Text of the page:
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About This Book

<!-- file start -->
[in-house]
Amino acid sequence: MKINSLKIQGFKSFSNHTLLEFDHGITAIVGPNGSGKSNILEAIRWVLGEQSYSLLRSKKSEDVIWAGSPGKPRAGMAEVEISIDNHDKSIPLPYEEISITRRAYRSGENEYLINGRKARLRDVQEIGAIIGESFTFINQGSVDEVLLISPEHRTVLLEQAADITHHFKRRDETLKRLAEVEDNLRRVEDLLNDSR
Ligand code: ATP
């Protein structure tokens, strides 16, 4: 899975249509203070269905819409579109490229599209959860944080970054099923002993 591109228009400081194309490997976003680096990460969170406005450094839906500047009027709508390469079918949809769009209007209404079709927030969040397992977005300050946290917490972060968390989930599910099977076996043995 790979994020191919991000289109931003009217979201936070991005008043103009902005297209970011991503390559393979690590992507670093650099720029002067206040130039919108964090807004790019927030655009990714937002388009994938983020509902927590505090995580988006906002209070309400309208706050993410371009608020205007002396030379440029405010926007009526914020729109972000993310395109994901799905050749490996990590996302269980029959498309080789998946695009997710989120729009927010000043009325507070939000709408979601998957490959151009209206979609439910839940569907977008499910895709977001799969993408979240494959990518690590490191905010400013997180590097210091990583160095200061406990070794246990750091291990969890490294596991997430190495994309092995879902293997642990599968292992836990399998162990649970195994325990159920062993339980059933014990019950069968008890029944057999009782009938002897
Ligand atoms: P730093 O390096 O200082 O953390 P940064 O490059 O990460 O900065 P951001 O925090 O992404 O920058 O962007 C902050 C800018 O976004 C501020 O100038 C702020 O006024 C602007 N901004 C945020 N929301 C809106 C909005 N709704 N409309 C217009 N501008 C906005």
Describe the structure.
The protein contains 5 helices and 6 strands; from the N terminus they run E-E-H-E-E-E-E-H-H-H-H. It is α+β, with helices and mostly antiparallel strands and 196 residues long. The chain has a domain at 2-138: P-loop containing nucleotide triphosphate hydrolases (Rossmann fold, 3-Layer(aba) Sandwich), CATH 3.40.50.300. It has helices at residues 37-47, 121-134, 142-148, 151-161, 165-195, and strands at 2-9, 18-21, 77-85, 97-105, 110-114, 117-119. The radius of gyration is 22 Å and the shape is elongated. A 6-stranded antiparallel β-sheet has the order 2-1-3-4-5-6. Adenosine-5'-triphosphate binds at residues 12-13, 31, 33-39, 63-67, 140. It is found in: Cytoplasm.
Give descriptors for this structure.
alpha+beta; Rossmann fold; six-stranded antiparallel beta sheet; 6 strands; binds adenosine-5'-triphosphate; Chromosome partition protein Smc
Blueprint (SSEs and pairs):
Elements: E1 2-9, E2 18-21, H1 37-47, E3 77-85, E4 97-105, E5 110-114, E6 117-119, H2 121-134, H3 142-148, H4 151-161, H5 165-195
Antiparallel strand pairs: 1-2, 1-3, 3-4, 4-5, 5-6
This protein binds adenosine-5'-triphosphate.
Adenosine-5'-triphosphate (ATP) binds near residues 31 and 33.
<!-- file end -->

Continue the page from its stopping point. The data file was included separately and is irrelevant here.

This book takes up one of the most important themes in Chinese thought: the relation of pleasurable activities to bodily health and to the health of the body politic. Unlike Western theories of pleasure, early Chinese writings contrast pleasure not with pain but with insecurity, assuming that it is right and proper to seek and take pleasure, as well as experience short-term delight. Equally important is the belief that certain long-term relational pleasures are more easily sustained, as well as potentially more satisfying and less damaging. The pleasures that become deeper and more ingrained as the person invests time and effort to their cultivation include friendship and music, sharing with others, developing integrity and greater clarity, reading and classical learning, and going home. Each of these activities is explored through the early sources (mainly fourth century BC to the eleventh century AD), with new translations of both well-known and seldom-cited texts.